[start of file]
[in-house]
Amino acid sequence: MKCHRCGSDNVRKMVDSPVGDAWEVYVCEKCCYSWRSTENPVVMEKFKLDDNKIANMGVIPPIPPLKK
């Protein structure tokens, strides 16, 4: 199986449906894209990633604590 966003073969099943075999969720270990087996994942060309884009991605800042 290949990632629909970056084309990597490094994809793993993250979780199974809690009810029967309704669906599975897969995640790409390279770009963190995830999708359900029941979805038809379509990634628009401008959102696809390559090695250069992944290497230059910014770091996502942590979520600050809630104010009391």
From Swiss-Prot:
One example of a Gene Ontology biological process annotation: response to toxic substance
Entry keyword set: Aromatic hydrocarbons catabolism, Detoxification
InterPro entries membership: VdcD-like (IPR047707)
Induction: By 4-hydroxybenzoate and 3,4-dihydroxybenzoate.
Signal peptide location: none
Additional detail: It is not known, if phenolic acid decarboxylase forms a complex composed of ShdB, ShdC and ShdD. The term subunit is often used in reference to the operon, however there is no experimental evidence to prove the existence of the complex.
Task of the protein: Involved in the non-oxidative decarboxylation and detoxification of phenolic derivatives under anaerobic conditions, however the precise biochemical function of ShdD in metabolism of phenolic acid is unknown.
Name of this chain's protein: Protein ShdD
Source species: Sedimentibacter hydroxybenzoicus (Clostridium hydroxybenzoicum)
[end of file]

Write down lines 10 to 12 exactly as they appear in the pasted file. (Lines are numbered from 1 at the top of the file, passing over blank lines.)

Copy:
Additional detail: It is not known, if phenolic acid decarboxylase forms a complex composed of ShdB, ShdC and ShdD. The term subunit is often used in reference to the operon, however there is no experimental evidence to prove the existence of the complex.
Task of the protein: Involved in the non-oxidative decarboxylation and detoxification of phenolic derivatives under anaerobic conditions, however the precise biochemical function of ShdD in metabolism of phenolic acid is unknown.
Name of this chain's protein: Protein ShdD